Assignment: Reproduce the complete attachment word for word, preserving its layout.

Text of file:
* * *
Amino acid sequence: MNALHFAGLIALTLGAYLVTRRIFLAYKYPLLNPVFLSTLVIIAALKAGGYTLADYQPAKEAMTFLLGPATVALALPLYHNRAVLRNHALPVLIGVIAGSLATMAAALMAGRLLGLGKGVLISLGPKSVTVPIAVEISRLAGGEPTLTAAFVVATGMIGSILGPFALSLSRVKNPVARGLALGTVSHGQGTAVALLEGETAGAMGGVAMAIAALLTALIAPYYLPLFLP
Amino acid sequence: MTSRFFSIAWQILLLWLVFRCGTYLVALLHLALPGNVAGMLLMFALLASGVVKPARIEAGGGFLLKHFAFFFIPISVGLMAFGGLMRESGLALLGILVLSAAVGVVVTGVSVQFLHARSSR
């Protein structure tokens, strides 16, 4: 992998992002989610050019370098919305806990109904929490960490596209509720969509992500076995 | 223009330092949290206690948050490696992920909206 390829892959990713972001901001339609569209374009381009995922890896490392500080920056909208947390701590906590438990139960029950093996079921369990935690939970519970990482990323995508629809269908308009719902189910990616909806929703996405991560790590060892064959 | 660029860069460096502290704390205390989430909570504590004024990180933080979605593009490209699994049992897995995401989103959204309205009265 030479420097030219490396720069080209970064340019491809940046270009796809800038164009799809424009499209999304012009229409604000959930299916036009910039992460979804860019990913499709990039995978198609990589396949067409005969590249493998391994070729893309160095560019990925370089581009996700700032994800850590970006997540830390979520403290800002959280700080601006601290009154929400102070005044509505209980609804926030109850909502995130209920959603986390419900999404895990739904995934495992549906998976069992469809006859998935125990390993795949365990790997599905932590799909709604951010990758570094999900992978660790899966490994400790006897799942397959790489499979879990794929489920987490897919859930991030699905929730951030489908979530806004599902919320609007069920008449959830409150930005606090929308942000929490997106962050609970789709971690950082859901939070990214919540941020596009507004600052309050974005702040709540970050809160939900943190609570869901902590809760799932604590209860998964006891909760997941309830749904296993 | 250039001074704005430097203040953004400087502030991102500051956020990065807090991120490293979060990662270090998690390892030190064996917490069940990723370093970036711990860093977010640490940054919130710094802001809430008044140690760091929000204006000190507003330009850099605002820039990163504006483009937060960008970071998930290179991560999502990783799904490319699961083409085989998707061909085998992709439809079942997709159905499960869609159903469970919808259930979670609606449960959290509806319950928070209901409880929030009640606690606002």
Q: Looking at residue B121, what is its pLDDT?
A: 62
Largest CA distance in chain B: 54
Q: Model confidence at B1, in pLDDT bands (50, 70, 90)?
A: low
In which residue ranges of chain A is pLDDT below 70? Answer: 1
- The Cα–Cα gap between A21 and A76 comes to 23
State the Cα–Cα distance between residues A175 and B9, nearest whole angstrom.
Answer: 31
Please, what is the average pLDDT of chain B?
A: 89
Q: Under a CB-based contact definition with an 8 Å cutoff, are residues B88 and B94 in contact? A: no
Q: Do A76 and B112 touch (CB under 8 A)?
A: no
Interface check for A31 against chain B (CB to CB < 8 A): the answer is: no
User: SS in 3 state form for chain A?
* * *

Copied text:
Amino acid sequence: MNALHFAGLIALTLGAYLVTRRIFLAYKYPLLNPVFLSTLVIIAALKAGGYTLADYQPAKEAMTFLLGPATVALALPLYHNRAVLRNHALPVLIGVIAGSLATMAAALMAGRLLGLGKGVLISLGPKSVTVPIAVEISRLAGGEPTLTAAFVVATGMIGSILGPFALSLSRVKNPVARGLALGTVSHGQGTAVALLEGETAGAMGGVAMAIAALLTALIAPYYLPLFLP
Amino acid sequence: MTSRFFSIAWQILLLWLVFRCGTYLVALLHLALPGNVAGMLLMFALLASGVVKPARIEAGGGFLLKHFAFFFIPISVGLMAFGGLMRESGLALLGILVLSAAVGVVVTGVSVQFLHARSSR
């Protein structure tokens, strides 16, 4: 992998992002989610050019370098919305806990109904929490960490596209509720969509992500076995 | 223009330092949290206690948050490696992920909206 390829892959990713972001901001339609569209374009381009995922890896490392500080920056909208947390701590906590438990139960029950093996079921369990935690939970519970990482990323995508629809269908308009719902189910990616909806929703996405991560790590060892064959 | 660029860069460096502290704390205390989430909570504590004024990180933080979605593009490209699994049992897995995401989103959204309205009265 030479420097030219490396720069080209970064340019491809940046270009796809800038164009799809424009499209999304012009229409604000959930299916036009910039992460979804860019990913499709990039995978198609990589396949067409005969590249493998391994070729893309160095560019990925370089581009996700700032994800850590970006997540830390979520403290800002959280700080601006601290009154929400102070005044509505209980609804926030109850909502995130209920959603986390419900999404895990739904995934495992549906998976069992469809006859998935125990390993795949365990790997599905932590799909709604951010990758570094999900992978660790899966490994400790006897799942397959790489499979879990794929489920987490897919859930991030699905929730951030489908979530806004599902919320609007069920008449959830409150930005606090929308942000929490997106962050609970789709971690950082859901939070990214919540941020596009507004600052309050974005702040709540970050809160939900943190609570869901902590809760799932604590209860998964006891909760997941309830749904296993 | 250039001074704005430097203040953004400087502030991102500051956020990065807090991120490293979060990662270090998690390892030190064996917490069940990723370093970036711990860093977010640490940054919130710094802001809430008044140690760091929000204006000190507003330009850099605002820039990163504006483009937060960008970071998930290179991560999502990783799904490319699961083409085989998707061909085998992709439809079942997709159905499960869609159903469970919808259930979670609606449960959290509806319950928070209901409880929030009640606690606002």
Q: Looking at residue B121, what is its pLDDT?
A: 62
Largest CA distance in chain B: 54
Q: Model confidence at B1, in pLDDT bands (50, 70, 90)?
A: low
In which residue ranges of chain A is pLDDT below 70? Answer: 1
- The Cα–Cα gap between A21 and A76 comes to 23
State the Cα–Cα distance between residues A175 and B9, nearest whole angstrom.
Answer: 31
Please, what is the average pLDDT of chain B?
A: 89
Q: Under a CB-based contact definition with an 8 Å cutoff, are residues B88 and B94 in contact? A: no
Q: Do A76 and B112 touch (CB under 8 A)?
A: no
Interface check for A31 against chain B (CB to CB < 8 A): the answer is: no
User: SS in 3 state form for chain A?